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Native to the rainforests of the Philippines, Medinilla blooms beautifully from late fall to early spring. in long panicles of small fleshy flowers, united in drooping pink clusters.
Coming from the islands of the Pacific Ocean and Southeast Asia, this beautiful plant bears the name of the Spanish lieutenant colonel Don José de Medinilla y Pineda who was governor of the Mariana Islands at the beginning of the 19th century.e century.
And as if this title were not enough for him, his Latin name is Medinilla magnifica!
Take good care of your Medinilla magnifica
In its natural state, the medinilla grows in tropical rainforest. It will therefore be necessary, in the house, to try to give him similar living conditions, that is to say a temperature from 18 to 25 ° and high humidity, light but no direct sun.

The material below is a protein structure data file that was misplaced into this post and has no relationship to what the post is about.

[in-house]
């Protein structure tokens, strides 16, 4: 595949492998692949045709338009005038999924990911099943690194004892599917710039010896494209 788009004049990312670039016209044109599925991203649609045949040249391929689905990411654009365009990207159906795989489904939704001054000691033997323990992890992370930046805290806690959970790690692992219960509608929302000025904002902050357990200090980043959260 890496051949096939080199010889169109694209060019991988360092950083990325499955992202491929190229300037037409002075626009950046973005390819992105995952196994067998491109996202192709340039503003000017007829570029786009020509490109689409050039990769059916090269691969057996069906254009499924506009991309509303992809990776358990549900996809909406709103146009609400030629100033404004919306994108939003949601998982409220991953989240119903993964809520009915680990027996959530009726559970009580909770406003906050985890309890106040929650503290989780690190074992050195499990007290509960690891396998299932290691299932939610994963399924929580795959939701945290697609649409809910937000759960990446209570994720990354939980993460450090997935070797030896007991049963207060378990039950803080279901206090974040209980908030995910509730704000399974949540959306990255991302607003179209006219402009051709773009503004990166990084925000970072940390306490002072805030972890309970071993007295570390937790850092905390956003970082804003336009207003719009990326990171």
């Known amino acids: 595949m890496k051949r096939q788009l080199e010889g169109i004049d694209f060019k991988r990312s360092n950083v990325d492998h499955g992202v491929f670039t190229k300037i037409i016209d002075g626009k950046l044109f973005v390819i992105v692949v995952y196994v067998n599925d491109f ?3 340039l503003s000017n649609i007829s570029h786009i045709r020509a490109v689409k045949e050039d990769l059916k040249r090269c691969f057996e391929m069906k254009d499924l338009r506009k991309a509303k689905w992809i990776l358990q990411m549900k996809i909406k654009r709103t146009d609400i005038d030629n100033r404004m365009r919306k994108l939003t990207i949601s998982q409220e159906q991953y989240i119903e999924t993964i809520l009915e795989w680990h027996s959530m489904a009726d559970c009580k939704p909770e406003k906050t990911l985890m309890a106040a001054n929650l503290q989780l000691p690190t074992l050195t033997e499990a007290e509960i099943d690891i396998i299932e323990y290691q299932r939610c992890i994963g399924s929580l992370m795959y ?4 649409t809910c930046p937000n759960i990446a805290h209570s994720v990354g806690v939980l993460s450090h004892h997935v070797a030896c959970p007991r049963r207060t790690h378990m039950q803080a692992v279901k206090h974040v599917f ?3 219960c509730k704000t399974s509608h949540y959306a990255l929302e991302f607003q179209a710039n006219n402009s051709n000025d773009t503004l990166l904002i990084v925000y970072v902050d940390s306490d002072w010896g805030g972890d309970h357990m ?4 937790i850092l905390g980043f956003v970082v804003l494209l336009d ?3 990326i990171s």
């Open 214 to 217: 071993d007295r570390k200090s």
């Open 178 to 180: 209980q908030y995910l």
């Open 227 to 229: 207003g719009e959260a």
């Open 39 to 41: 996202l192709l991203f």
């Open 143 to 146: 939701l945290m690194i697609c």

The soil will be acidic, humus-bearing, and water-retaining. To maintain the highest possible humidity, spray the foliage regularly with a little soft water or bathe the leaves.
Which will not prevent you from place the pot on a bed of damp gravel like an orchid. The evaporation that will emerge will create the humidity favorable to the blooming of the beautiful.
Flowering, instructions for use of medinilla
The medinilla blooms from late fall to early spring. To prepare for this flowering, as soon as the buds appear, you will give it a little liquid fertilizer every 15 days.
She is afraid of drafts. Avoid placing it in a high-traffic area, or near a door or window.
During flowering, keep the clod always wet by sprinkling it with rainwater; avoid hard water (it can't stand!).
Once flowering is complete, reduce watering and stop fertilizers. The plant then undergoes a short period of rest where it can withstand temperatures of 13 to 18 ° C.
After this period, you can repot in a mixture of potting soil, leaves and heather earth. In the bottom of the pot, place a layer of small pebbles to ensure good drainage. Prune faded leaves and flowers as soon as they turn brown.
Everything is fine ? Your medinilla will bloom again next fall!
Visual: Dutch Office for Flowers or OHF